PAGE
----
I note from other contributions on The Kings Blog that the common, and I suppose the pond as well, are now listed as a Site of Special Scientific Interest. I would hazard a guess that the plant, bird and wild life which I knew so well as a child was much greater than it is today, in spite of the fact that the army regularly held mannoeuvres over the whole area which often extended for several days and involved tracked vehicles etc. For example, the fish population in the pond included the following species, Roach, Rudd, Gudgeon, Tench, Perch, and Crucian Carp. All of the above were abundant and the perch especially grew to almost record proportions. Although I never knew of a specimen fish being caught on rod and line, I know of their size as a result of a long dry summer when the water level and subsequently the oxygen level in the pond plummeted. This caused large numbers of these very large perch to die and float to the surface. People were generally amazed at both the number and size of those fish. Sadly I don’t recall which year this event occurred.
The pond provided a breeding ground for both frogs and toads and each spring the whole place became a frenzied mish mash of breeding pairs. This was followed by a mass of spawn and black clouds of tadpoles. Most years jars of spawn were collected for school and we all waited eagerly for the tadpoles to hatch. Newts were as common and the pond housed Common or Smooth and Palmate varieties. Occasionally the large black Great Crested newts were also found but these were not as common. At various times in the year the grass which grew up the church wall, on the pond side, could be pulled back to reveal large numbers of newts within the root system of the grass. On my recent visit to Kingsley I walked across to see if the newts were still there. Sadly they were not, however, it could be that my visit was at the wrong time of the year, but I suspect their disappearance is more likely as a result of the grass now being nicely trimmed and mowed and, therefore, it no longer extends up the surface of the wall providing the mass of roots which it once did.
The pond was also home to a very large leech population as I once found out to my cost. It was common, when pond dipping,to end up with leeches in jars or nets and often they would be on fish that we caught. On one occasion, however,I was fishing and sitting quietly on a stump on the bank when I became aware of a sharp pricking sensation on my left leg just below my knee. I had shoes on my feet not the usual wellies. I rolled up my trousers to find this great black Horse Leech firmly stuck on my leg. Not nice! This creature was about three inches long and as thick, at the back end, as a large black slug. I, of course, did absolutely all of the things I should not have done. Firstly I panicked and secondly I grabbed the wretched thing and pulled it off.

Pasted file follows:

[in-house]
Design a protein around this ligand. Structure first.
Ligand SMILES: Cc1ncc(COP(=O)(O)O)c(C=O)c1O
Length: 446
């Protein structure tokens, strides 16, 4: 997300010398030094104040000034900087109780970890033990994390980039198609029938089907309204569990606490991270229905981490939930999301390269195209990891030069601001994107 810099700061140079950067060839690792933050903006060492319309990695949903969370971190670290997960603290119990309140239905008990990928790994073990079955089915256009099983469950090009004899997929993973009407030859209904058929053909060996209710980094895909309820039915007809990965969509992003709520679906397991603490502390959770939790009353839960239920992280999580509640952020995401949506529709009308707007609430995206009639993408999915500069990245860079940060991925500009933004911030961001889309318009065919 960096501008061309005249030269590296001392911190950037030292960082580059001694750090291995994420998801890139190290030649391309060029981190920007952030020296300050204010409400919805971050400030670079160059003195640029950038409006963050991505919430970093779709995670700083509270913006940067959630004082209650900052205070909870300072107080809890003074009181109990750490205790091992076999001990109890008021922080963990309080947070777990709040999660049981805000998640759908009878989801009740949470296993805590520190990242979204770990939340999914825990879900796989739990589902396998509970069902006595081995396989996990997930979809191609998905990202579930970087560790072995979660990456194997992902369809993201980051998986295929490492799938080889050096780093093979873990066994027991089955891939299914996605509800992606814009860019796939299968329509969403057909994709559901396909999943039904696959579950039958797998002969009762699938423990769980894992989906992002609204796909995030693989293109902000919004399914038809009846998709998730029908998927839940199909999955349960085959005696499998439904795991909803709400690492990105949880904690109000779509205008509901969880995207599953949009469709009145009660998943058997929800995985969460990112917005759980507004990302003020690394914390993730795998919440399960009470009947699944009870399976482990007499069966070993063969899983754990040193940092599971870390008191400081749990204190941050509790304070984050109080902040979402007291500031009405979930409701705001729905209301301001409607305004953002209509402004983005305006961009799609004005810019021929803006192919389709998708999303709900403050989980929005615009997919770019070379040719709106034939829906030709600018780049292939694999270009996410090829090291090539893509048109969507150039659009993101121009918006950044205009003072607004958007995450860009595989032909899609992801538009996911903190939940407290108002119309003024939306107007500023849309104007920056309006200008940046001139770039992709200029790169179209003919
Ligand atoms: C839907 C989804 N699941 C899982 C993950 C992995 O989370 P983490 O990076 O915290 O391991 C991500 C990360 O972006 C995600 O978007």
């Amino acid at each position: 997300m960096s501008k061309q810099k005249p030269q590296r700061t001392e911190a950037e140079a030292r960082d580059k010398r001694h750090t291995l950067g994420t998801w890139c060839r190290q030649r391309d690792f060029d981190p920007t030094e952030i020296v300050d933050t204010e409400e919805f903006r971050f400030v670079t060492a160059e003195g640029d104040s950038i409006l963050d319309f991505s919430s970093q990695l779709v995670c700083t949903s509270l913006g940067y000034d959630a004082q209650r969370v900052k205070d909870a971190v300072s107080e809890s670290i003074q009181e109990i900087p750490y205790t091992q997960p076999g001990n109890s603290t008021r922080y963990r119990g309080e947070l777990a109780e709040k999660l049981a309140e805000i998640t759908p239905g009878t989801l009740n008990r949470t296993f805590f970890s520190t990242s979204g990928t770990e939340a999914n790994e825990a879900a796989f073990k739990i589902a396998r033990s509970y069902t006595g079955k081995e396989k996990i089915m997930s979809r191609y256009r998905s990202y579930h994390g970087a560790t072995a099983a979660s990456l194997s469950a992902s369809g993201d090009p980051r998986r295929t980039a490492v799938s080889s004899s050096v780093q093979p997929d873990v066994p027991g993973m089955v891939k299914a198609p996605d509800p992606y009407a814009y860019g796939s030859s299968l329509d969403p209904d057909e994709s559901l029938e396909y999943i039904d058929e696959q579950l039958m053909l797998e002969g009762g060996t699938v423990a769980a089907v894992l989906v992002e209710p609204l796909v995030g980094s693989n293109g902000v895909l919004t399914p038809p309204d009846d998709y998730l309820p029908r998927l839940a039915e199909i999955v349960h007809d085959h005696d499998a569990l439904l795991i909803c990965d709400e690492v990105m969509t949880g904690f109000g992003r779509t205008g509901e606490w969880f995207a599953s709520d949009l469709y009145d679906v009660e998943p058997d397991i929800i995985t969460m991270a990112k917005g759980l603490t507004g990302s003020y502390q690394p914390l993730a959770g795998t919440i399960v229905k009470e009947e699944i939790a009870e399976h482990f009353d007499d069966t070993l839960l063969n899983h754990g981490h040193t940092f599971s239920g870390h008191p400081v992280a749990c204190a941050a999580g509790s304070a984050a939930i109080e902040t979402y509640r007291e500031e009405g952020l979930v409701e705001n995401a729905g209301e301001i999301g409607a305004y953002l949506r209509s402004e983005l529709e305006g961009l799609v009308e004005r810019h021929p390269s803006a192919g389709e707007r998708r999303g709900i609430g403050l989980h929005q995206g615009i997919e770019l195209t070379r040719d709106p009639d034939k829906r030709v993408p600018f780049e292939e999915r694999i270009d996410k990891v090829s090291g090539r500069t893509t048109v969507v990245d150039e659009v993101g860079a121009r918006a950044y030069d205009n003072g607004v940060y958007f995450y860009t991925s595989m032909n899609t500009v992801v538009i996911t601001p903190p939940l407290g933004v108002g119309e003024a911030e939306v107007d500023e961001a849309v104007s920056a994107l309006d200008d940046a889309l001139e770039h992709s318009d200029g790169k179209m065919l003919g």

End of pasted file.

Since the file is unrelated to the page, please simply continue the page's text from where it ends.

Leeches do not give up easily and it took quite a tug to move the thing. I was left with a red circle, like a blood blister, which bled profusely and remained as a reminder for a very long time before it completely healed. The accepted wisdom is not to pull leeches of but to apply a cigarette or some spirit liquid which they don’t like. This, I am told dislodges them. If, on the other hand,you are much braver than I was, you can just leave them in situ and when they have had enough of your blood they will go to sleep and drop off all of their own accord.
The pond was also a great attraction for snakes. Grass Snakes were quite often seen swimming in the water particularly when the frogs were about. Adders were also common visitors and although I never saw one in the water, I know of their presence around the pond by the discarded skins which they shed in the reeds and surrounding heather. I guess the boggy areas provided food for them as well.The sloughed skins were much sought after for display in school and those with the eye covers intact were especially prized.
Bird life in and around the pond was wonderful and very varied with some very rare occasional visitors turning up over the years. More of this in a later edition.